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  • Three Twins Prospects Ticketed for 2020


    Ted Schwerzler

    When major league baseball returns this summer, we’re going to have a very different look to the game. Sure, the action on the field will remain the same, but that’s largely where the similarities end. For three Twins prospects, this perfect storm could expedite their debuts.

    Image courtesy of © Kim Klement-USA TODAY Sports

    Although MLB and the Player’s Association is still working on economics and structure of said season, some of the finer details have been agreed to. There’s a good assumption that in an effort to avoid injury an expanded roster will be implemented. With there being no formal minor league season on the horizon, an expanded taxi squad will also likely be adopted.

     

    In a traditional year prospects are developed through the course of game action on the farm. Now they’ll be put through the wringer under a different set of circumstances, and the eventual call-up could be out of necessity rather than readiness. Additional bodies coming from the 40-man roster makes the most sense, and three players jumped out to me as being near-ready prior to the curveball a global pandemic has thrown.

     

    Travis Blankenhorn – Utility

     

    Blankenhorn was a third-round selection back in 2015 and is now 22 years old. He topped out at Double-A Pensacola last season and posted a .786 OPS. He can play all over the diamond and his positional flexibility is what makes him interesting for Minnesota in 2020. Coming into his power during 2019, Blankenhorn launched 18 dingers in 93 Double-A games.

     

    He was a guy I was extremely excited to watch during spring training, and there was definitely opportunity present for him to impress. Right now, Rocco Baldelli has utility types in the form of Ehire Adrianza and Willians Astudillo. Blankenhorn falls somewhere in the midst of that group. He’s a better defender than Willians and could be a better bat the Adrianza. If either of them goes down, he’d be a worthy guy to call upon.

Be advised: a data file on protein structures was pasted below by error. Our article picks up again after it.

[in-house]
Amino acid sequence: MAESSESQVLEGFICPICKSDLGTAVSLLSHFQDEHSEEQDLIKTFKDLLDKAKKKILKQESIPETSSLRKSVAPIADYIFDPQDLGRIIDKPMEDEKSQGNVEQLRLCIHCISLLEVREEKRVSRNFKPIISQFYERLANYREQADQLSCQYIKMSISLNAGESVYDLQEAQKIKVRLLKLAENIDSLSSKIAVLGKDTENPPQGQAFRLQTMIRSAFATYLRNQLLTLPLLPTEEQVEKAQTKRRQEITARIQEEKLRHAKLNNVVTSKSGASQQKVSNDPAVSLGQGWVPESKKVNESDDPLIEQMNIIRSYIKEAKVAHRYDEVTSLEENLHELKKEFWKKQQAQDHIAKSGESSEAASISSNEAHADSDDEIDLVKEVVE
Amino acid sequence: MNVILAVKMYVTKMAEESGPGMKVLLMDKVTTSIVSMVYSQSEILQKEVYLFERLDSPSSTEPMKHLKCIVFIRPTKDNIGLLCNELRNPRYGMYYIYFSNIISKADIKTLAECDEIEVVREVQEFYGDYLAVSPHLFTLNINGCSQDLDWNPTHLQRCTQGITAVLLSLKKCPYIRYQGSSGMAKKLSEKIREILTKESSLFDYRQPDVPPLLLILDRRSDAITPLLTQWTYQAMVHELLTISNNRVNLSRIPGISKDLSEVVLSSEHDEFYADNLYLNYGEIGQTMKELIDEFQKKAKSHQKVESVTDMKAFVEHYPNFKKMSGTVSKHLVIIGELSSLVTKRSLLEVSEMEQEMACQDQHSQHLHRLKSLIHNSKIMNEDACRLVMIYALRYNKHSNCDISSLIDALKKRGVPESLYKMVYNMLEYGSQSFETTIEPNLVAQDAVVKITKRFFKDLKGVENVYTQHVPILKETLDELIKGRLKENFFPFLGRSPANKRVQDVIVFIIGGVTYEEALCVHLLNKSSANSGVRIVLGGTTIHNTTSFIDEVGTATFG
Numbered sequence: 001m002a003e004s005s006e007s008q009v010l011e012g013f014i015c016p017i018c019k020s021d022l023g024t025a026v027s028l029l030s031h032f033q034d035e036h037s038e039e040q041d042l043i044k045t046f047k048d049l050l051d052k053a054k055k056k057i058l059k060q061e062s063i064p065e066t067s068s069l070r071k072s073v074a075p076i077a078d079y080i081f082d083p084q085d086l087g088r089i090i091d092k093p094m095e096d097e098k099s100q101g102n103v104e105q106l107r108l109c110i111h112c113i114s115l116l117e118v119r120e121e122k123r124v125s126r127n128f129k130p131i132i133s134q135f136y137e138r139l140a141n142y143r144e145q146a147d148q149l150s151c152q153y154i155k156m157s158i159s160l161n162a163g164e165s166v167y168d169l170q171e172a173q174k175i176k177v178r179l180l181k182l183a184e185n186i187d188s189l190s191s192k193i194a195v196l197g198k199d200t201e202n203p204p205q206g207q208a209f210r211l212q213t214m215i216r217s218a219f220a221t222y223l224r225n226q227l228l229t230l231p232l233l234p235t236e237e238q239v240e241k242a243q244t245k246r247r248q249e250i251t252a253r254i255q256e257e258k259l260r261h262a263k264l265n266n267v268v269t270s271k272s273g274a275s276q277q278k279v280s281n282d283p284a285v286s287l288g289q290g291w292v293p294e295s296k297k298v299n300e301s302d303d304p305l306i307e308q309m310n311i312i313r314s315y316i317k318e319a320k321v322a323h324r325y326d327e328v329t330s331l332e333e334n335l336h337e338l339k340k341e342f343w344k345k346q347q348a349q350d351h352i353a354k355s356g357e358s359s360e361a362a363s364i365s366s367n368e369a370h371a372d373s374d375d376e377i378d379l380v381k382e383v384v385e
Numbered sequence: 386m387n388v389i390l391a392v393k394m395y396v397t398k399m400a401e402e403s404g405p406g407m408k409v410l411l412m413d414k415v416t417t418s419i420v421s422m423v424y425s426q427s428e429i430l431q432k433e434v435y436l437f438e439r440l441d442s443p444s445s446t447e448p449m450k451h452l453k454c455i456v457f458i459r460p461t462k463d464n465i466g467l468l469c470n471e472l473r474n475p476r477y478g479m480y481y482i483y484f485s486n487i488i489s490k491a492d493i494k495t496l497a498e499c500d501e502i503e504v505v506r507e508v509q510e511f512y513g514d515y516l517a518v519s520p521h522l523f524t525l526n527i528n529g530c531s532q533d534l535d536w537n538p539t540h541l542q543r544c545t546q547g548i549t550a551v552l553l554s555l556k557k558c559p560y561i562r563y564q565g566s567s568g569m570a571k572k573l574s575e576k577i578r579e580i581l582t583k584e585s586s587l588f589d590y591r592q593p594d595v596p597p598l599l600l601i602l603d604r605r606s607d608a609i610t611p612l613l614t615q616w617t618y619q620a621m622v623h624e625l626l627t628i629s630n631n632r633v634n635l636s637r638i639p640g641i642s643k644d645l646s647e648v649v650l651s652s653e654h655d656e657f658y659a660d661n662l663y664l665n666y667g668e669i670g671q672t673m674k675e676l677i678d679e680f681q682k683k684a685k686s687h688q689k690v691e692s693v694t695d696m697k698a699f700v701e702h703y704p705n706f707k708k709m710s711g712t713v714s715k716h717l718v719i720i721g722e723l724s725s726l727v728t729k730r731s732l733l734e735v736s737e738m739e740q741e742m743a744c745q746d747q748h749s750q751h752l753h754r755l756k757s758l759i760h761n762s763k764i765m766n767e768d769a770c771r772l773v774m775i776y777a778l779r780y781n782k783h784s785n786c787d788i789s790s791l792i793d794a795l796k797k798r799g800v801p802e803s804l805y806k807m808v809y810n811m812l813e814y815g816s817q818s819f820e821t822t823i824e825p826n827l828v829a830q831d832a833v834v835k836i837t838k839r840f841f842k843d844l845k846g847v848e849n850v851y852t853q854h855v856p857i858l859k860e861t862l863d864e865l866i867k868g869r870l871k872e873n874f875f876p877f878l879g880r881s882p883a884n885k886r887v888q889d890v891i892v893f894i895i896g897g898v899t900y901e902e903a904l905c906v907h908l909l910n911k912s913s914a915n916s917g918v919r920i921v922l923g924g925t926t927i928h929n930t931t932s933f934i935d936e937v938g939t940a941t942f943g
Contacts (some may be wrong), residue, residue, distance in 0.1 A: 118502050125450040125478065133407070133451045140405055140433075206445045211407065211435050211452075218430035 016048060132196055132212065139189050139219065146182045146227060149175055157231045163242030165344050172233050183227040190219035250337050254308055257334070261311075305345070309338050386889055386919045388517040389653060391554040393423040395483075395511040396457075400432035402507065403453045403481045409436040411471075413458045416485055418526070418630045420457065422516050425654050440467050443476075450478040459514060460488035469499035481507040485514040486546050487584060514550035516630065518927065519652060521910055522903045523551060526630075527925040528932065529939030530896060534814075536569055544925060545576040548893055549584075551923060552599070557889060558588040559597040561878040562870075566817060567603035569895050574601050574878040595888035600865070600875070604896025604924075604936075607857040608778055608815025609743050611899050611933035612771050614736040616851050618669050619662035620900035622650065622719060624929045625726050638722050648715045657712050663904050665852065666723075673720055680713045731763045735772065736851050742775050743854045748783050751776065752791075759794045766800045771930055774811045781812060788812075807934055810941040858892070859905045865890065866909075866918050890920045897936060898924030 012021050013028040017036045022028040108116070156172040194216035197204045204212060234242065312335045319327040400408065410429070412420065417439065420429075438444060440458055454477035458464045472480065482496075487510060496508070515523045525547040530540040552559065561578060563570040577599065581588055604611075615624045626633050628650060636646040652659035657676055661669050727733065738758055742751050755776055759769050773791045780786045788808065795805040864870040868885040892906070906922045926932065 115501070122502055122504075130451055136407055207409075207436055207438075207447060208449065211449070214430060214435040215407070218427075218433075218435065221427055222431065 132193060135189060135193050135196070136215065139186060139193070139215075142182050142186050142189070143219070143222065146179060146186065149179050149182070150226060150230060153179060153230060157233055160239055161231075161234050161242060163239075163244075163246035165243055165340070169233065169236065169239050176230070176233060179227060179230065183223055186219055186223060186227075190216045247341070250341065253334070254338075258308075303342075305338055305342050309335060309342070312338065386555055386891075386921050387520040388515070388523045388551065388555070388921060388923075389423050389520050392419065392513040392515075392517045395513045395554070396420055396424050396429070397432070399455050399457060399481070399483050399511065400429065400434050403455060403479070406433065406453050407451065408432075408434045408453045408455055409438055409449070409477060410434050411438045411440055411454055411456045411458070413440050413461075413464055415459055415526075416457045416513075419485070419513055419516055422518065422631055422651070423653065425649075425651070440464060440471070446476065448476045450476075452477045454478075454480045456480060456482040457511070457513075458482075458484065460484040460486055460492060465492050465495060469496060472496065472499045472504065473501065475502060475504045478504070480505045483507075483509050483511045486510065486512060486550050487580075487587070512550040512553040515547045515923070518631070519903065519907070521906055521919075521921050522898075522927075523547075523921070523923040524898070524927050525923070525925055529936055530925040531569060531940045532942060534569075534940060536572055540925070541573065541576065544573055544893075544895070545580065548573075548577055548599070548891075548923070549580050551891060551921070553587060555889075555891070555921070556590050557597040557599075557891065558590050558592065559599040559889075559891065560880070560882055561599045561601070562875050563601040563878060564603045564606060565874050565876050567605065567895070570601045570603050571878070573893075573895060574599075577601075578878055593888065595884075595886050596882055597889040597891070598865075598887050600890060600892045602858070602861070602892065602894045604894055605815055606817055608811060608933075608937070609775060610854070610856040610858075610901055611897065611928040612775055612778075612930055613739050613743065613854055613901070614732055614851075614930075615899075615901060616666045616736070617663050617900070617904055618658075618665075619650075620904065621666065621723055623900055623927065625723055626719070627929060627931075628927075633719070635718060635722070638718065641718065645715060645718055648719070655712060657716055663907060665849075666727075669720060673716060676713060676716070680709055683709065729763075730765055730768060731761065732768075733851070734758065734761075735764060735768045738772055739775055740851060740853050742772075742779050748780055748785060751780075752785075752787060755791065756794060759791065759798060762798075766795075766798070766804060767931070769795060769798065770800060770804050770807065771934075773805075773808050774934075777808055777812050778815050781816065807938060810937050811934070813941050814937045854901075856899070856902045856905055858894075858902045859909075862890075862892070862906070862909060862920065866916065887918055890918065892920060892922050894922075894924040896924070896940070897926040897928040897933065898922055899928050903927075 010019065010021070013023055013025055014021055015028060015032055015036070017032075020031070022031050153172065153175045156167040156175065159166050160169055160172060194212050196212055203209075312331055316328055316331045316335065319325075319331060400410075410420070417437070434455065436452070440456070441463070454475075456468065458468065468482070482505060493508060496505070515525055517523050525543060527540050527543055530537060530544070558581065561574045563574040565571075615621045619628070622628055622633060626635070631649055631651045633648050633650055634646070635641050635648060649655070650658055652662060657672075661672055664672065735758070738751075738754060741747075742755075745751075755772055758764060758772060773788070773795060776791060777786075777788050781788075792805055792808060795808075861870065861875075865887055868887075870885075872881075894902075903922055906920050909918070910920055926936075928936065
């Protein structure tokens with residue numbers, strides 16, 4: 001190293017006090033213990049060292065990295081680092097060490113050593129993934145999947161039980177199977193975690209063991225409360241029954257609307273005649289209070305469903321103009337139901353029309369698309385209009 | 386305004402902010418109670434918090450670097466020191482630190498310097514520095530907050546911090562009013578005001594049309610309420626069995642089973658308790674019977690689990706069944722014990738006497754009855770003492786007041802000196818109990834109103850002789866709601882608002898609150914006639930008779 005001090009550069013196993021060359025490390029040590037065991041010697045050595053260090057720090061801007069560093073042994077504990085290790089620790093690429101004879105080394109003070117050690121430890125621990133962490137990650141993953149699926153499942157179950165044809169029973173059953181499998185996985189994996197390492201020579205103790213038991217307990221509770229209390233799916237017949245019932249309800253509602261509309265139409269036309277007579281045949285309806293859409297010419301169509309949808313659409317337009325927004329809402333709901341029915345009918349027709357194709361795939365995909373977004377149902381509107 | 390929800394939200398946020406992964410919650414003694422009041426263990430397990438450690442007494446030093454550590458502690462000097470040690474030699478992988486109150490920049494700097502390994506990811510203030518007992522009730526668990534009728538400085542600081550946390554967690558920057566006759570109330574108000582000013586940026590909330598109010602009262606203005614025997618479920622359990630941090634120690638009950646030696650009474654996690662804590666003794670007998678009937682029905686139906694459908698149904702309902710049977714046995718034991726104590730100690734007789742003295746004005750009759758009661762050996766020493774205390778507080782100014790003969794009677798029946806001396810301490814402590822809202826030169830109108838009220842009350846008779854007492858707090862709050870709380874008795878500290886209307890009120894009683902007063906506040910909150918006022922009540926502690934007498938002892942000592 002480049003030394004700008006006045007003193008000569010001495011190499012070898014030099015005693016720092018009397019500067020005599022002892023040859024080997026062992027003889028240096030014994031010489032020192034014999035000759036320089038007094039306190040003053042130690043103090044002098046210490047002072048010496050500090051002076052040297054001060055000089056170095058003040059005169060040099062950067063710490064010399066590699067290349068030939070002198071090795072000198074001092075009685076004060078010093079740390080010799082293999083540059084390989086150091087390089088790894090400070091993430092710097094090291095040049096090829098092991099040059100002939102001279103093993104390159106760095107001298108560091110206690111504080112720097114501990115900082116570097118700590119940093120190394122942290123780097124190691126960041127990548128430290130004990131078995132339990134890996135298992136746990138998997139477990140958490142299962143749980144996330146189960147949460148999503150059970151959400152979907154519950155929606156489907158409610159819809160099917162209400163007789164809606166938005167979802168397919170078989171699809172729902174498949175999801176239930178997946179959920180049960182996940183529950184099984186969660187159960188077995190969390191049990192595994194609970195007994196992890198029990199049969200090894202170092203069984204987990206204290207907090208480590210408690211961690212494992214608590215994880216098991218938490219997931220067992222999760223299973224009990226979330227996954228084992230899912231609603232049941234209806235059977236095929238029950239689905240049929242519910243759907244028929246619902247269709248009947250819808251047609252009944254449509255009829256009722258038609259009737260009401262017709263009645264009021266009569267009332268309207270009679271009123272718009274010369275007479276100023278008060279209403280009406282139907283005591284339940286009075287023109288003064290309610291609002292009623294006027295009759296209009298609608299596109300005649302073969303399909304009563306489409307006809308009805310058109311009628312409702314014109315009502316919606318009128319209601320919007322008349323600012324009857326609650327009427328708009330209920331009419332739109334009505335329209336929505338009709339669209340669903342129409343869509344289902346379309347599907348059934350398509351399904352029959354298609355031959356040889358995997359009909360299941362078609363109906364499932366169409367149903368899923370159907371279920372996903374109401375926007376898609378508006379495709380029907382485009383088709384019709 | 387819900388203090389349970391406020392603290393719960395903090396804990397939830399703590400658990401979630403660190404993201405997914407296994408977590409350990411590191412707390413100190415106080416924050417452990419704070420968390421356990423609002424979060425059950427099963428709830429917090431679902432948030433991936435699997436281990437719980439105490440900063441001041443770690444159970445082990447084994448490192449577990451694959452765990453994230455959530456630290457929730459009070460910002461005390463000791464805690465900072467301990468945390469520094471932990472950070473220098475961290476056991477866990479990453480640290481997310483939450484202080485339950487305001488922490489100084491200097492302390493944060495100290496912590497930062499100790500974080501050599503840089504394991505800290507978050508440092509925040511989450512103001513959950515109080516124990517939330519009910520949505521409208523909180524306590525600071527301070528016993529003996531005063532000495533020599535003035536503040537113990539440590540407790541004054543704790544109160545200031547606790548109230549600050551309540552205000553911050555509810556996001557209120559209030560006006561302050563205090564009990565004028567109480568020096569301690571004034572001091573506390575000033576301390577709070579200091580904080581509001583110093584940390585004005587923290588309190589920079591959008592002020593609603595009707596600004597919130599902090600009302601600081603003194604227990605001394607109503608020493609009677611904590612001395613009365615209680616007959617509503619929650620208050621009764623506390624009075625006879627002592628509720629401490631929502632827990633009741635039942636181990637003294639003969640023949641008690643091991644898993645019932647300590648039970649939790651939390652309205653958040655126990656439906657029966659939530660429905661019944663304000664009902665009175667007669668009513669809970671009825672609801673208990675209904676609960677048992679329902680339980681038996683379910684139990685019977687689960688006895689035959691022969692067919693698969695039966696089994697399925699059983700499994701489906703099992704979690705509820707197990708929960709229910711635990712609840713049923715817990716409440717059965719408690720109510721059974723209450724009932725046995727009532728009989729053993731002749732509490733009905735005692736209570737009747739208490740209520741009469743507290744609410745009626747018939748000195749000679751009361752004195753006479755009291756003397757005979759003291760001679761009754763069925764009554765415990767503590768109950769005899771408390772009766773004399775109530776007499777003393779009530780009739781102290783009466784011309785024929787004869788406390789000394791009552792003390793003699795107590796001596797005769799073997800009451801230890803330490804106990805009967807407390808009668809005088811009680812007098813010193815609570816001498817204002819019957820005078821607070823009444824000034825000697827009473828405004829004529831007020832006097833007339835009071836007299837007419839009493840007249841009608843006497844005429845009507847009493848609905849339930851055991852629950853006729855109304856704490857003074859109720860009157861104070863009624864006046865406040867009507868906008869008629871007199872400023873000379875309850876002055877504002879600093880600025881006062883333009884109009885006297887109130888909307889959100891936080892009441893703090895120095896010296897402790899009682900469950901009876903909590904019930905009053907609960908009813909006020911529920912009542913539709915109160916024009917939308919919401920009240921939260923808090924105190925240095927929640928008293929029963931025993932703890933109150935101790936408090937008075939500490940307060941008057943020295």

Nick Gordon – 2B

     

    Minnesota’s first-round pick in 2014, fifth overall, has yet to make it to the big leagues. Nick Gordon isn’t a clone of his brother Dee, but he’s moved over to his old position. Once a shortstop, Nick is now fully entrenched on the right side of the diamond. Although the bat hasn’t come along as much as expected, he’s got a strong track record of success the second time through a level. After posting a .544 OPS at Triple-A in 2018, he rebounded to the tune of an .801 mark a season ago.

     

    Nick doesn’t have the same speed that Dee used to but has good quickness and acceleration. He’s an OK fielder that would be able to handle second well. Playing nine innings at third with over 5,000 between 2B and SS in his pro career, it’s fair to assume his home is up the middle. Again, he’d factor into the same conversations that Blankenhorn would, but it appears the time could be now for the son of the man nicknamed Flash.

     

    Gilberto Celestino – OF

     

    When Minnesota flipped Ryan Pressly to the Houston Astros it was assumed that Jorge Alcala was the prize return. Instead, it may be Celestino that bears the most fruit. A high-profile international free agent, Celestino played most of his 2019 at Low-A Cedar Rapids. He did hit 10 home runs in 2019 but posted just a .759 OPS. Power isn’t much his game, but he can draw walks, is plenty fast, and is among the best defenders in Minnesota’s system.

     

    It would seem odd for a player yet to establish himself at A-ball to jump all the way to the big leagues. That said, it’s not uncharted waters and it wasn’t long ago that Jorge Polanco was doing that same thing for the Twins. Celestino could be called upon more for his defense in 2020. Should something happen to one of the starting outfielders, Celestino would represent an ideal centerfield candidate. Jake Cave was stretched there in 2019, and while Max Kepler was great, the position took a toll on him. The bat won’t be ready this soon, but the glove and instincts absolutely are.

     

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    I agree with all three as possible guys to get looks, IF a season happens.  Another thing to factor is if the league forces the 50 game season at the full prorate, many players may opt not to play sighting health concerns.  Any pending FA may think about not playing because they would not want to risk a poor season in a 50 game season having that used against them.  Players set for arbitration may think similar.  This could lead to more open spots.  

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